Before you graduate, back then you got your MOS assignment, most of the time, you already know what you are gettign before you go to boot camp, but sometimes, they have other positions they need Marines to fill, so you get to put a request in prior to starting MCT training. Thats if you wish to change if you dont then what you picked is what you get.

    I, myself, already knew that I was going to be infantry, so all I was doing was dragging myself across the street to SOI (School of Infantry). There you go more in depth with patrolling, weapon training with machine guns, shoulder launch missile systems, mortars, defense/offense perimeter, etc. Here is where the recon bubbas came in and asked for volunteers to do our indoc for recon. I passed it barely, but it wasnt so much that you passed it really, it was how much heart and pain will you go thru to acheive the goal. I was taken out of SOI and sent over to another camp where I went thru 8 wks of rigorous training for recon and the when you go thru that course, avg dropout rate, even to this day is 72%.

    Once I got thru it and graduated picking up my new MOS as recon we were assigned to recon bn under the training platoon, where we went to schools for diving, jump, sniper and so forth.

    As far as who does what, that depends on what you will be doing in the Corps. But you learn the basic fundamentals thru basic.
  19. mscbkc070904

    mscbkc070904 Premium Member

    USMC continued

    2.)Did u go to college at all?

    I got a chance to go, but I didnt really get to do much, do to the fact that I was constantly in victor units. Victor units are highly deployable units. I dont think I was ever in a non victor unit as I recall. But if you have the chance and you know for sure you will not be deploying for at least a semester, go while you can. The Corps doesnt persuade you to not go, but if you are a deploying unit, you have to take precaution and before you can even attend school, you have to get approval from the command. If persay you get called up to deploy, most schools on the base will waive it or let you finish elsewhere or let you come back to finish up or test. Its gotten alot better since i was in. If you deploy on ship, they have classes but you have to look for them, usually they are taught by certified Marine/Navy officers to teach the course. Also, with new tech, online courses are avail also, but remember if you are on ship, you wont stay on ship the entire deployment either, guranteed. My 2 tours on ship I was deployed 5 mo on avg out of 6 mo at sea, IOW, I wasnt on ship.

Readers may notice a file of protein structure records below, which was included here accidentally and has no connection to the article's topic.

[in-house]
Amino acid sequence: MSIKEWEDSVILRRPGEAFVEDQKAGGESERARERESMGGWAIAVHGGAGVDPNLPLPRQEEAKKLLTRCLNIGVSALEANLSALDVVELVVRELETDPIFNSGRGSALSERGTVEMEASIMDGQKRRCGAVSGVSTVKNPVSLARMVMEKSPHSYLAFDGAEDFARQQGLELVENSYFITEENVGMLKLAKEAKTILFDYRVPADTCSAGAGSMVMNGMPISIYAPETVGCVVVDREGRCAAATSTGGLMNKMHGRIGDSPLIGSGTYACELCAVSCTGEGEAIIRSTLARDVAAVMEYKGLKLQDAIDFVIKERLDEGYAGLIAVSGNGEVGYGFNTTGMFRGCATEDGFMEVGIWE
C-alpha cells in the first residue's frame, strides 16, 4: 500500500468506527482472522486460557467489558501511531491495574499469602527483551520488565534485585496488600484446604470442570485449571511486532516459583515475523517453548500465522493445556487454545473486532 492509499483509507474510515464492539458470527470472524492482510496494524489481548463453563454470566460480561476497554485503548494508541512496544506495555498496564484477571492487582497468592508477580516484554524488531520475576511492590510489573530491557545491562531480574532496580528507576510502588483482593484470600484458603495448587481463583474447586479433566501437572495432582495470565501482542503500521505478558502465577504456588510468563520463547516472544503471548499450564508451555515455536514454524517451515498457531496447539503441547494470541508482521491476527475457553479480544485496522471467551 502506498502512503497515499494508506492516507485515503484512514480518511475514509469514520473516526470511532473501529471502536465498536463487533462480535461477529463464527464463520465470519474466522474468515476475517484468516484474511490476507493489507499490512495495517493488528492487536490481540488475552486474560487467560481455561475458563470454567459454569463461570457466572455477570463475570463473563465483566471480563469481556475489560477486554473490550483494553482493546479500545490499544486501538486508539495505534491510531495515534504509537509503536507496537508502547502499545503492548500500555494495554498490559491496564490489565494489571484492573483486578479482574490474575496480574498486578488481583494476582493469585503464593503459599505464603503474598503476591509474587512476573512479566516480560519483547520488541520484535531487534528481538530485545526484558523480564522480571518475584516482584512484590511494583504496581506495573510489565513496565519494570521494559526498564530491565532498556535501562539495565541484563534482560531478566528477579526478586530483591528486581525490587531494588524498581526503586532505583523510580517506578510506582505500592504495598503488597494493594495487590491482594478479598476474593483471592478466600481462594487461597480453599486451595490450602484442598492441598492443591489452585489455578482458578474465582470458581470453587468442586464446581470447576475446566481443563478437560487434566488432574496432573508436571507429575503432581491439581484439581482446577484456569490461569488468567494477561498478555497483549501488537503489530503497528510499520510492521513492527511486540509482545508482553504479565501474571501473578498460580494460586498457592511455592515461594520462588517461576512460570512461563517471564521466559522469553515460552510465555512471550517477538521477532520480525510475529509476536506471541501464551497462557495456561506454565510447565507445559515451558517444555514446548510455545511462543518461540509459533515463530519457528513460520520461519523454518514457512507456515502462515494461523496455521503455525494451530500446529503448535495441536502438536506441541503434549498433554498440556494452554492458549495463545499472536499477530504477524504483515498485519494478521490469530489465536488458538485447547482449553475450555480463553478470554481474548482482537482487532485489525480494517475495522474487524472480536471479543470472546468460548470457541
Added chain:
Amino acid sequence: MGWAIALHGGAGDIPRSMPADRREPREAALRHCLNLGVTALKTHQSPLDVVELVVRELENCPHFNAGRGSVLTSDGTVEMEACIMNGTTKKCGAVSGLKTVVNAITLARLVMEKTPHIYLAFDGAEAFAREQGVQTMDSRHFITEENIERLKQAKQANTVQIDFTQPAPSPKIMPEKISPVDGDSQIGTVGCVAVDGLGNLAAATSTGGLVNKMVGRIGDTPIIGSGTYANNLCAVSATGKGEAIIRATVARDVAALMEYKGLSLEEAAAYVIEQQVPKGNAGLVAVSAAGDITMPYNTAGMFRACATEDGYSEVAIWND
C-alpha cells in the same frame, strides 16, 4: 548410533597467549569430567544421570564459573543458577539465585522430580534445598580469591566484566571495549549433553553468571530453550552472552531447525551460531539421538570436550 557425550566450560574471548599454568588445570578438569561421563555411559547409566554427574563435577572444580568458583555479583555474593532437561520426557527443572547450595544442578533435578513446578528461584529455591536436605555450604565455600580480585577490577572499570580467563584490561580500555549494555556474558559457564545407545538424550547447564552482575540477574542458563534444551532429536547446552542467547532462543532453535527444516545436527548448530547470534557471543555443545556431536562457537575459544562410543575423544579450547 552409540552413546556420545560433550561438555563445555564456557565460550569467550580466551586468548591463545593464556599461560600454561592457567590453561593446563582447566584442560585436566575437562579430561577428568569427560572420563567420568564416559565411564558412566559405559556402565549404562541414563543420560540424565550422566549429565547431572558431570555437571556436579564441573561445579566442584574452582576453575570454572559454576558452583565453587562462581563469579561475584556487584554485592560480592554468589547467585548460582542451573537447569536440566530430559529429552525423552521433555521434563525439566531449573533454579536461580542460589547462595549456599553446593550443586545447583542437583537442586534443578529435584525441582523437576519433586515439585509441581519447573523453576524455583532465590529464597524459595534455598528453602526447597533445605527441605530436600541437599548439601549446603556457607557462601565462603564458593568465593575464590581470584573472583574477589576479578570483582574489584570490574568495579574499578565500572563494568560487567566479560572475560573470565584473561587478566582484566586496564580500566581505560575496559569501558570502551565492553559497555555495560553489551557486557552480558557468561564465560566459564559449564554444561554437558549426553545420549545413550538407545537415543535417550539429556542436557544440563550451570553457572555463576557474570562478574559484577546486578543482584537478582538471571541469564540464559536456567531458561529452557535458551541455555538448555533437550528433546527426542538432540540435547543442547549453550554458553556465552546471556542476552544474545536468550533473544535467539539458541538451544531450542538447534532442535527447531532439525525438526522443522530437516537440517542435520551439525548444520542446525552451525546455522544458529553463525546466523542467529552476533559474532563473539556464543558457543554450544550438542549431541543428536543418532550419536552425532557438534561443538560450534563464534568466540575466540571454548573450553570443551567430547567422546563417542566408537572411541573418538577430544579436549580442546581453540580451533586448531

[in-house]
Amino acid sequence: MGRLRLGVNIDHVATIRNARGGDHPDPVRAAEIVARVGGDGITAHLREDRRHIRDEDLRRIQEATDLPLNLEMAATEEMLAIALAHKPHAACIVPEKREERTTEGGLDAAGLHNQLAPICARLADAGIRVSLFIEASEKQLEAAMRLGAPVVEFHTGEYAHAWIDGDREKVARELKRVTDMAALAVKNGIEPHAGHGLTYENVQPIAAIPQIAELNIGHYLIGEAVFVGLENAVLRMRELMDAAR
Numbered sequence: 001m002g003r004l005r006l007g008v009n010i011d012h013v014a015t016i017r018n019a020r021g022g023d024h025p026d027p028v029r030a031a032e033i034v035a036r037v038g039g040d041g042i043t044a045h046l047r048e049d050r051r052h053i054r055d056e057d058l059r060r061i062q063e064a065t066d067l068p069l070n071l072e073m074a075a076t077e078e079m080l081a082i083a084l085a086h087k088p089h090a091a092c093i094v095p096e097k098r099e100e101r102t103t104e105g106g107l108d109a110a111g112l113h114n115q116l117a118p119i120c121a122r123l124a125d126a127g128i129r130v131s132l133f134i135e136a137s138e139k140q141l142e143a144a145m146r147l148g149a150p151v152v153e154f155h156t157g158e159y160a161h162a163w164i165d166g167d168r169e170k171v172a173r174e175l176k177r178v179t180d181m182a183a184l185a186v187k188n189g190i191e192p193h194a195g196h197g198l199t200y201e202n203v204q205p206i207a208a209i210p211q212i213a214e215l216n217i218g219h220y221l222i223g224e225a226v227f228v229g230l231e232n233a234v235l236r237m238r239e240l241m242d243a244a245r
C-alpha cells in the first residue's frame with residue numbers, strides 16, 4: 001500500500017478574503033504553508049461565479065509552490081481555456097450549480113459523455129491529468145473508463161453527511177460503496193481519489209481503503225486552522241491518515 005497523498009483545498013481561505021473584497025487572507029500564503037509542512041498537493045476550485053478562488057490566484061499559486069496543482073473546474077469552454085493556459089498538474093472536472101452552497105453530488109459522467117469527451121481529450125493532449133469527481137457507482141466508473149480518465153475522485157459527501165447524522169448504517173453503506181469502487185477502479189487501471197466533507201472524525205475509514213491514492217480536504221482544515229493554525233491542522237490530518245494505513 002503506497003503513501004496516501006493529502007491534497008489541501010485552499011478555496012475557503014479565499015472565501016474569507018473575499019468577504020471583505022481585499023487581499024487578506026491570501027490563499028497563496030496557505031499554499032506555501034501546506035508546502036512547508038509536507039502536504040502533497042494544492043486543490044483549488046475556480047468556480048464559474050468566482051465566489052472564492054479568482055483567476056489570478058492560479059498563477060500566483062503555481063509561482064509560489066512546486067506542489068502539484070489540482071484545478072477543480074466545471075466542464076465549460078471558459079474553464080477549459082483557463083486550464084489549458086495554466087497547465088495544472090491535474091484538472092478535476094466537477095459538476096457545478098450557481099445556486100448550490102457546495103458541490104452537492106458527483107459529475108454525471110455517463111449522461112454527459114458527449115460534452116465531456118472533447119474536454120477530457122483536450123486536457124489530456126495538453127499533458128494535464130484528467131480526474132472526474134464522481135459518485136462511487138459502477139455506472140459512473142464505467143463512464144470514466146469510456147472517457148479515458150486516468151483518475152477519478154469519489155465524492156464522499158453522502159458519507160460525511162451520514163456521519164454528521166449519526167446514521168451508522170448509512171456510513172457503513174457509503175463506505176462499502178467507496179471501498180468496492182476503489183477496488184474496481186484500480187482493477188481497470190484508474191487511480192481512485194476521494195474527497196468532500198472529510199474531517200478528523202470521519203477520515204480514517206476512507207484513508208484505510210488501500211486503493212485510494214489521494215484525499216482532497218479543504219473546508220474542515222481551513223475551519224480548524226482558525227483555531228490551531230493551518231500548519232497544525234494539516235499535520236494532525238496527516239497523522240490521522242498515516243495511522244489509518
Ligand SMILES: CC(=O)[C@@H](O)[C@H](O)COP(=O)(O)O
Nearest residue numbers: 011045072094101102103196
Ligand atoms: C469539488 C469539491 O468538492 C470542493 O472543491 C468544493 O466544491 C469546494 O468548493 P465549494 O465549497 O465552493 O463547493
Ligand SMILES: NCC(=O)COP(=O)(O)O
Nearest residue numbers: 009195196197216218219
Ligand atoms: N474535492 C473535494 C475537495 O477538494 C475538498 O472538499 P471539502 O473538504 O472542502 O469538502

I am about to go back to college this fall and start working on something. I have 13 yrs, accordign to my contract, to use my GI bill, which I only paid $100 a month for 12 months and it once it matures usually after your inital contract is up, depends on what you signed for. Nowadays, you get more than I do if you sign. Mine is 24K, but I put more into it before I got out. BUt I have 13 yrs to start using it, if I dont after 13 yrs I loose it.

    3.)What's the difference between officers and enlisted men?

    Well if you go to college and get a degree or working on one and decide to join there are differnet programs. Basically Officers are in charge of enlisted. From what I know, you are tested in OCS, Officer Candidate School. You have the opportunity to test for pilots if you meet the criteria. Based on your test results depends on if you fly rotary wing or fixed wing. From there, you are tested I think again for the platform you will fly. The higher the score the better chance of gettign fixed wing and flying AV8B Harrier, C130, EA6B, F18.

    Most OCS grads end up in Admin, Supply, Infantry and Motor Transport. If you go the ground route, dont go admin or supply, majority of officers hate it, unless they wanted it. But you really dont get to pick, they pick by the needs of the Corps.

    Here are some links to help you out some:
  20. mscbkc070904

    mscbkc070904 Premium Member

    USMC cont

    4.)Were can I learn about all the different ranks?

    You acheive rank by your MOS and you have certain point scoring you have to acheive in order to get promoted. E-1 thru E-3 is pretty simple. E-1 for like 8 months, E-2 for 9 months once you get E-3 min is one yr unless you get meritoriously promoted.

    All depends on your contract. I went in as a E-2 with guarantee E-3 within 6 months. BUt I signed a 6 yr contract plus i had other benefits. It all depends on what is available and what you try to get it. Sometimes, lower rank will get you like gepgraphical location, like east coast, west coast or overseas. It just depends and it may not be avail at all.

    5.) Whoes in charge there?

    Commandant of the Marine Corps and the Sergeant Major of the Marine Corps. The Marine Corps does not have a 5 star General, because it falls under the Dept of the Navy. All other branches have 5 star generals.

    6.) What would someone need to do to get a head start? (my case too young)

    Physical fitness, study up on Marine knowlegde, if someone near you that is a Marine or former Marine, ask them if they have their BST (Basic Skills Training) handbooks that you can borrow. There is a boot camp one and then there is 4 books. These are basic knowledge books from uniforms to drilling to weapons, patrolling. All things you will learn in boot camp.

    If you get serious about joining, then your recruiter will help you from there. He wont be able to give out the BST's but he will have prep material for you to prepare yourself physically and so forth.